More broadly, the regime’s only significant legislative accomplishment to date is the tax cut. The Institute on Taxation and Economic Policy, one year out from passage, found the Tax Cuts and Jobs Act will substantially increase income, wealth and racial inequality. Thus, poverty is not an unforeseen result of the regime’s own tax agenda.
Even when declaring to act on behalf of the poor, “President Trump has portrayed America’s cities as wastelands, ravaged by crime and homelessness, infested by rats. But the Trump administration’s signature plan to lift them—a multibillion-dollar tax break that is supposed to help low-income areas—has fueled a wave of developments financed by and built for the wealthiest Americans” (New York Times).
This is the algorithm of inequality; it solves a problem by ignoring it. Political economy scholar Geoff Mann explains that “poverty…is not the opposite of abundance or riches, but of freedom.” And if, as is commonly held, “citizenship implies the status of freedom with accompanying responsibilities” then the unfree American poor, native or immigrant, in the regime’s eyes, are deserving of neither holding citizenship nor the right to claim it.
Poverty is the detritus of liberal capitalism for which it never has and never will “hold itself responsible,” according to Mann. As the regime attempts to disappear every inconvenient issue, because to recognize that it might exist sets up a “loss” rather than a “win,” so too with poverty. If the poor are disenfranchised from rights, even from the necessities of life (as in Flint or Puerto Rico), their arguments for relief will have no legitimacy as a matter of law or policy, and they will be left to those dim and distant “thousand points of light” of charity another purblind president envisioned.
Loyalty. The Brookings Institute reports that as of August 2019 the regime’s turnover of “A Team” positions of senior advisers (not counting the Cabinet) has been 75%. The turnover for Cabinet posts to date is the highest of any of the last five presidencies (Time).
Although Trump demands “extreme vetting” expressly “intended to bar individuals from the United States based on their attitudes toward this country” (The Guardian), it is fairly obvious that little, if any, vetting has occurred for his top appointments. Clearly, competence has never been a prerequisite.
The turnover has followed two tracks: indefensible levels (even by Trump standards) of exposed corruption and self-aggrandizement, and “disloyalty” seen as actual criticism (mostly among “his” generals) and an inability “to get the job done,” in other words, the failure to accomplish a task that is either impossible or illegal or both.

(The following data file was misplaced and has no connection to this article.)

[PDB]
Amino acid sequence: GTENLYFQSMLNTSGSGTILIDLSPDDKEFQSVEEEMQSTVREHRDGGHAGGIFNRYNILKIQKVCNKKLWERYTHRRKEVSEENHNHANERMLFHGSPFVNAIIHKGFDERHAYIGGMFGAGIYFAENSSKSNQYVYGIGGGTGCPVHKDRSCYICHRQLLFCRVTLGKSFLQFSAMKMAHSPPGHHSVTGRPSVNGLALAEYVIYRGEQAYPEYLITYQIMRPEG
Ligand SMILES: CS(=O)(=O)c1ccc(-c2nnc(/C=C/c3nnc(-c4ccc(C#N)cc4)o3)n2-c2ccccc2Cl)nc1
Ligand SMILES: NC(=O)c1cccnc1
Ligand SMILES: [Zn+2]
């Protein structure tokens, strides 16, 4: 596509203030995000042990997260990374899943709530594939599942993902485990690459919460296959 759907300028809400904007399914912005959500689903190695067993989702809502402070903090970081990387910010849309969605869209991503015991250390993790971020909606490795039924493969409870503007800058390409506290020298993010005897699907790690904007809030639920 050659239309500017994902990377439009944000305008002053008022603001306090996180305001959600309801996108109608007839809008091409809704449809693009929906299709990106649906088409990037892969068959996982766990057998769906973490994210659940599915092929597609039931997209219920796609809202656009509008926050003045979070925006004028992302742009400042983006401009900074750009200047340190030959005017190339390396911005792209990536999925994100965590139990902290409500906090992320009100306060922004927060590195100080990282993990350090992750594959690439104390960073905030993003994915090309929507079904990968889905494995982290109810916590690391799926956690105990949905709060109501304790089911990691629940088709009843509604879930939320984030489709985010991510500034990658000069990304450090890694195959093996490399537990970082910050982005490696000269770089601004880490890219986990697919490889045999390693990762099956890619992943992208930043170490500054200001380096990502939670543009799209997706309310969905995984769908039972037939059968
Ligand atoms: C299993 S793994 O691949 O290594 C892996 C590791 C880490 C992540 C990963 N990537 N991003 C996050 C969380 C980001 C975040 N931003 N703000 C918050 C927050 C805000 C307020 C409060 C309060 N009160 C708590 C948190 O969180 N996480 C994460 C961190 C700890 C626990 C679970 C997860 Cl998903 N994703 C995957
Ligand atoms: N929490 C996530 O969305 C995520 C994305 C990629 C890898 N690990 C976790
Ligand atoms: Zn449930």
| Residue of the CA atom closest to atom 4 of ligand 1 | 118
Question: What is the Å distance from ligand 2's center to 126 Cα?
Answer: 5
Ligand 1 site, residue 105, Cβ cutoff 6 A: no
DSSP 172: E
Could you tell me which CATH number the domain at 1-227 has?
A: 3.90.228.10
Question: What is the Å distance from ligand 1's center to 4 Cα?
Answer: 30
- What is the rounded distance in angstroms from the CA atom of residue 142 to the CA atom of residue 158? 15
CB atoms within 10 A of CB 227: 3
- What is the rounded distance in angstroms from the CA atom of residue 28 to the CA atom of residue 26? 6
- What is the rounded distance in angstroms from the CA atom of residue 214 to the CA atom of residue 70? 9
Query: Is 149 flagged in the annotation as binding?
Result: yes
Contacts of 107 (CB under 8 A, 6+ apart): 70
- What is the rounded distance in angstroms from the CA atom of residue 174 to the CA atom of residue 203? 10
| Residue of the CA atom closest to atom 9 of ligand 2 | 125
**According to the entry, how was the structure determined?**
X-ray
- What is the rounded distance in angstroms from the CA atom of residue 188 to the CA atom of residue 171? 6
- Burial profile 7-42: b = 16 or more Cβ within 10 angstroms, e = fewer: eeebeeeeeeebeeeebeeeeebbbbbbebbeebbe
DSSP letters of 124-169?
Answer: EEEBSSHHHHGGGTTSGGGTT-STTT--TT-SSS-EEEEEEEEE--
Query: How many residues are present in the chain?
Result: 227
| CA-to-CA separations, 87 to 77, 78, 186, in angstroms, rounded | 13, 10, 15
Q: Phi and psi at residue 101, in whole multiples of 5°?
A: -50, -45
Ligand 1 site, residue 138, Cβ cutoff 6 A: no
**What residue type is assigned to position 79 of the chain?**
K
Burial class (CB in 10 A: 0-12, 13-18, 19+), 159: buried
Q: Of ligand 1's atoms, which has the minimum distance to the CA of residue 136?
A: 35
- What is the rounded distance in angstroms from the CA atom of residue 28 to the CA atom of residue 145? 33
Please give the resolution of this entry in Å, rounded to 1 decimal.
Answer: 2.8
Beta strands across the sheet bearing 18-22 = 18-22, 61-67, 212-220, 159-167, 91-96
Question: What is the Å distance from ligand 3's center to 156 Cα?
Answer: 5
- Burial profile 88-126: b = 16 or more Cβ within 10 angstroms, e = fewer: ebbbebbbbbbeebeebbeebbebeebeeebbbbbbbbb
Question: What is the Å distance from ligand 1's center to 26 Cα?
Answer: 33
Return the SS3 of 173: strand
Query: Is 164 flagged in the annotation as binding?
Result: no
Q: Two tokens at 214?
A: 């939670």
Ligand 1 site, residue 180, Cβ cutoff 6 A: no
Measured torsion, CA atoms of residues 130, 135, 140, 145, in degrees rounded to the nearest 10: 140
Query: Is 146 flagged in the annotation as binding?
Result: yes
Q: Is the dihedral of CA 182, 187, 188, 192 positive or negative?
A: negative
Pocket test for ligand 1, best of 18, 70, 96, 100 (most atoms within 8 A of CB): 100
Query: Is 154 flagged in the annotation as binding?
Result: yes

But the true intent in discarding one appointee after another has been to fill posts with zealous loyalists, as exemplified by the most important one, attorney general, with the clearly zealous William Barr. To be clear, being obsequious is not enough. Jeff Sessions was Pavlov’s dog salivating to Trump’s every buzzer, but he made the mistake of following actual policy and recused himself from the Mueller investigation, leaving Trump to lament “I don’t have an attorney general” (The
Hill). Barr got the job by writing a paper arguing Trump’s case against Mueller.
Thus far, Barr has shown no inclination to let policy or law interfere with his job as “Trump’s” attorney general, to the point of openly ignoring the emoluments clause of the Constitution by booking Trump’s hotel for a $30,000 private party. Recently, the Vice President and the military were made to bend a knee to the regime (to pay for his sinking golf properties), and even the weatherman knows which way the wind blows (and don’t argue with Trump’s storm forecasting).
Trump is obsessed with loyalty, recently chastising American Jews for being disloyal to Israel (and him by extension) in their support of Democrats. Michael Cohen was his long-suffering personal lawyer until he was “disloyal” as labeled by Fox & Friends. He sacked Janet Yellen and appointed Jerome Powell to the Federal Reserve, but Powell is now an “enemy” as the Fed has not lowered interest rates to Trump’s satisfaction (and personal benefit) (New York Times, Washington Post).
As Trump’s recently ousted personal assistant learned, “You can do anything. But never go against the family” (Don Corleone in The Godfather). But the Republican Party has always been fond of loyalty oaths (Arkansas Times, 2007, “Kansas Republicans will demand loyalty oath”; Los Angeles Times, 2008, noting that under [then Governor Arnold] Schwarzenegger California attempted to require a loyalty oath from state public employees.)
Personal disappointments are one thing, but with Trump the personal is everything. That is the worldview of a narcissist. He views the federal government as a totality that he has power over, that his very personhood is the embodiment of the nation, and he chafes when confronted with the separation of powers and the limitations on the executive.